Beans, Beans, Good for your Heart

carrots, rosemary and beans

But are they really? And should we be eating lots more of them? The short answers to those questions are Yes and Yes, and can I entice you to read further with a promise of an uber easy super nutritional bean recipe at the end?

So how are beans good for our bodies and in particular the pump that keeps us moving through each and every day?

Well it turns out it’s the type of fibre in the beans that stops the human body absorbing ‘bad’ cholesterol. Insoluble fibre contained in the beans and pulses is essential for coronary protection.

So yes, a really simple way to help protect your circulatory system is just to eat more beans.

Crops to protect our soil & our planet

Not only are beans and legumes good for us, they’re good for our planet. Beans and legumes help to restore nitrogen to nutrient depleted soils as part of a crop rotation.

Increasing beans in our diets is a key part of transitioning to an environmentally sustainable and just farming system that can feed the population, according to recent IDDRi modelling of the UK.

It’s clear now that switching to a diet rich in beans, legumes, nuts and vegetables can dramatically reduce a person’s contribution to global greenhouse gas emissions.

Eating locally grown or just grown in the UK beans could be a further positive step in the battle against climate change.

Source: Data from Poore & Nemecek (2018) and ‘Environmental impacts of food production’ (2020)

The graph above demonstrates how little greenhouse gas is contributed to the atmosphere when producing beans as a protein source compared to average animal based sources.

Big retailers are now encouraging consumers to make swaps for plant based proteins. Sainsbury’s have recently released a campaign to swap half of the meat in traditional recipes for beans or pulses.

British beans

The British public already consumes a phenomenal amount of one particular bean.

Yep, you guessed it – the baked bean! We eat literally hundreds of millions of cans of beans in tomato sauce in a year. These are navy or haricot beans and the raw beans are not grown in the UK. They are imported from South America. 

Fava (broad) beans do grow very well in British soil and in Lincolnshire. If you get the opportunity to try them then you might find they are even more delicious and filling than the imported varieties. There are literally hundreds to try.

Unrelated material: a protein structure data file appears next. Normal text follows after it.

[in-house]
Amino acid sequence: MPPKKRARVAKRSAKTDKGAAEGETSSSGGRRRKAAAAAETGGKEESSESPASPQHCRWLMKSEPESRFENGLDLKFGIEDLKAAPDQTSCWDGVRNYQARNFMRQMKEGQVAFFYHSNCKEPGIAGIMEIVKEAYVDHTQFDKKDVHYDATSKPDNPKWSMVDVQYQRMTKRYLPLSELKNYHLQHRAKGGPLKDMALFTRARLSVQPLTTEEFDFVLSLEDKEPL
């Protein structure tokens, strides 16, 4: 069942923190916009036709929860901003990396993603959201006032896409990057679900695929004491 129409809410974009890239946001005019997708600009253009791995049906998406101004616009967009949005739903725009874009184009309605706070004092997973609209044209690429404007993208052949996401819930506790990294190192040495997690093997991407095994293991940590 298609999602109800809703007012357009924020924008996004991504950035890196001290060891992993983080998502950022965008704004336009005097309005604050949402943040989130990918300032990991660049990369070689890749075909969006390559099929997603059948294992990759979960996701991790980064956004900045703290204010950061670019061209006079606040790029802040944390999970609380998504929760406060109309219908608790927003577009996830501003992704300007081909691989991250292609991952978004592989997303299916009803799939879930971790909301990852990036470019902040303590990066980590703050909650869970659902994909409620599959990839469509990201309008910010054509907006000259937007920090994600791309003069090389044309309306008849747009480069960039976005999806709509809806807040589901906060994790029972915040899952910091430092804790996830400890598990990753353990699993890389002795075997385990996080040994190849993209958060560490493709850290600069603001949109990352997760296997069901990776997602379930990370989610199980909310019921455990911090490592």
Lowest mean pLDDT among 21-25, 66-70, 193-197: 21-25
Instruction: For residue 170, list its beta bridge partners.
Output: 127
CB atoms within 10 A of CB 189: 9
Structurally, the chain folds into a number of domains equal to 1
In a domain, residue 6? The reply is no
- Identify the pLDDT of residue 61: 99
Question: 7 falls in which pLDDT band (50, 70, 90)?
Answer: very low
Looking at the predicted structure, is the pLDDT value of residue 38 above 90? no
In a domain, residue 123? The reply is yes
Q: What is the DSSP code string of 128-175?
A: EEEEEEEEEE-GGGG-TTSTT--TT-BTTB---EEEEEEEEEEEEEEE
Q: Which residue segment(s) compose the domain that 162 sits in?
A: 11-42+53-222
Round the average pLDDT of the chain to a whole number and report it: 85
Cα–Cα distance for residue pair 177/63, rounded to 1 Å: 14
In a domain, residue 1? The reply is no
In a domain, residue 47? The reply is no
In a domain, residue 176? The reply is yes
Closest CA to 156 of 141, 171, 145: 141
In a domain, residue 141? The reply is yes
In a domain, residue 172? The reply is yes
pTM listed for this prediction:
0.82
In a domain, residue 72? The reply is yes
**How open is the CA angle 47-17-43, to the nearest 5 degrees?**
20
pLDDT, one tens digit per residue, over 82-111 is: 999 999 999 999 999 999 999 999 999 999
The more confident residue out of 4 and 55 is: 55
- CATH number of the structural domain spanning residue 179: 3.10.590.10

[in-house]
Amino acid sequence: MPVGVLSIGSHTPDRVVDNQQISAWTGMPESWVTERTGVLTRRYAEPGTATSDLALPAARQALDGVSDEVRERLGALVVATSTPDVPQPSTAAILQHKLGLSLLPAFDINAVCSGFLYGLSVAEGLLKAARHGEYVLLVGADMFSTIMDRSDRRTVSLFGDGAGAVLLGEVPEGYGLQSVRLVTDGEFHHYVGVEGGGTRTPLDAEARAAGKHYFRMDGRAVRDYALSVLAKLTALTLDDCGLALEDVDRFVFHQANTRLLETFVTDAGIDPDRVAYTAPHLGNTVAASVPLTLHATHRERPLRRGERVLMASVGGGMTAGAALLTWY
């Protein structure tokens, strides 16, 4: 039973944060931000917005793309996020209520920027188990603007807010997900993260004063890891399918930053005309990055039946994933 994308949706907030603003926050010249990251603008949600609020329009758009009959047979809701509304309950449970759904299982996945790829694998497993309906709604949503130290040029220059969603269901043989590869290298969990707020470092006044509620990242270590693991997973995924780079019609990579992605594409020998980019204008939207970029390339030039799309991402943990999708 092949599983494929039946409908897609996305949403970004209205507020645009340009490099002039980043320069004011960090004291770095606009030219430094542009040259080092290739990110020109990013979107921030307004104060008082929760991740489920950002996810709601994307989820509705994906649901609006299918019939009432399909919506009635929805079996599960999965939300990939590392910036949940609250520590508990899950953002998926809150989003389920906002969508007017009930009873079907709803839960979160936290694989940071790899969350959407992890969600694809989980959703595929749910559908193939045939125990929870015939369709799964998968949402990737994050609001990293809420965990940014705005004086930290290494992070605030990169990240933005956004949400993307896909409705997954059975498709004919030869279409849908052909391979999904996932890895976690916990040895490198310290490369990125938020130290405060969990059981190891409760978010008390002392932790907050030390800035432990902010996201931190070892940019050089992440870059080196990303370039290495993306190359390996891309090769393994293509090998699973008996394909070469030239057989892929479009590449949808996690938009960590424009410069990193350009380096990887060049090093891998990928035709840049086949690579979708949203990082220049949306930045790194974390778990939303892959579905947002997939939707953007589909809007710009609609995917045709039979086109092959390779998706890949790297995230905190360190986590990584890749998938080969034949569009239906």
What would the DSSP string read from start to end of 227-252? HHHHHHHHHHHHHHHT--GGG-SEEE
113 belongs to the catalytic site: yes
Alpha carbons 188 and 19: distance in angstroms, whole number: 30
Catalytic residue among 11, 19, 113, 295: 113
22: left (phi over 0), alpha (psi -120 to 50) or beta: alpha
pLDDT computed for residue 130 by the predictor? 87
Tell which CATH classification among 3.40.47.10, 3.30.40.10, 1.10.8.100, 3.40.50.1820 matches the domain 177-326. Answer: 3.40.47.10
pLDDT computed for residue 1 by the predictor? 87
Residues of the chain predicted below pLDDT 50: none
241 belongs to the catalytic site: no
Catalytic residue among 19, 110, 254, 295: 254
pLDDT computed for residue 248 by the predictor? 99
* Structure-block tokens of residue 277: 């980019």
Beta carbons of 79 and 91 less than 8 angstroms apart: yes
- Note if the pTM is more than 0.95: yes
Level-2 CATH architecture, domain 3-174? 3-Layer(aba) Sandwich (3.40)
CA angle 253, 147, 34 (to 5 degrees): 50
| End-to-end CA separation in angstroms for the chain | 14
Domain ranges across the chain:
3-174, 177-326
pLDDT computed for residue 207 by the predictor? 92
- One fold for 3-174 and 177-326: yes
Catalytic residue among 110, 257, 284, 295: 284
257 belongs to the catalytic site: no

Buying British grown beans will support this type of agriculture, and lead to an increase in sustainable rotation farming methods.

Then maybe one day the good old British baked bean might actually be truly British?

Hodmedod’s are one of the leading retailers of British grown beans and pulses.

They have developed a ‘British Baked Bean’ product which can be found online with a good catalogue of other cupboard staples.

They are also stocked in some supermarkets and wholefood retailers.

Adding beans to what we already eat

Including beans in lasagne, stews and soups adds to their nutritional value and means that the food that we are consuming is more sustainable.

When making a chilli don’t just stick to the regular kidney bean. Try all sorts of beans and find out which textures you like the best.

Here is a really simple recipe for a thick filling soup.  I can’t deny that my family often pile on heaps of cheese, chilli sauce and a LOT of bread but this makes an extraordinarily cheap and nutritious base for a meal.

Simple carrot, bean & rosemary soup

  • 500g carrots
  • Rapeseed (or any other oil) for frying
  • 10cm sprig of rosemary
  • 1 tin (235g) any cooked white beans, cannellini, butter (lima) or white kidney beans
  • 1200ml vegetable stock
  • Salt & Pepper

Chop the top of the carrots off and wash them. Don’t peel them! Lots of flavour and fibre comes from the skin.

Put the carrots into a large heavy based pan with a little rapeseed oil and the sprig of rosemary.

Fry on a low heat with the lid on for 10 minutes, shaking or stirring occasionally. This will release the flavour from the rosemary and intensify the natural sugars of the carrots.

Add the beans and stock then bring to the boil. 

Turn down to a simmering heat and leave to cook for 20 minutes or until the chunks of carrot are really soft.

Important bit! Remove the tough central stalk of the rosemary but leave the leaves to be blitzed.

Blitz with a hand blender. You’ll have to work hard to catch all the carrots and get a silky smooth texture but it’s worth it. 

Enjoy!

Calling Lincolnshire chefs!

Are you a chef in Lincolnshire making wonderful dishes using British beans? We’d like to hear from you!

Beany recipes

More amazing recipes with pulses on from Hodmedod’s website:

New podcast about British legumes

More about pulses on this week’s podcast with Josiah Meldrum from Hodmedods – well worth a listen!

Sustainable Food Stories featuring Josiah Meldrum The Sustainable Food Trust Podcast

This week, Patrick is joined by Josiah Meldrum, co-founder of East-Anglia based Hodmedods, a company who are known for their UK grown grains and pulses, but who are also pioneers of food resilience, advocates of a return to long-forgotten crops and initiators of innovation in kitchens across the country. 
  1. Sustainable Food Stories featuring Josiah Meldrum
  2. Sustainable Food Stories featuring Gunhild Stordalen
  3. Sustainable Food Stories featuring Sue Pritchard
  4. Sustainable Food Stories featuring Lord Benyon
  5. Sustainable Food Stories featuring Nicolette Hahn Niman

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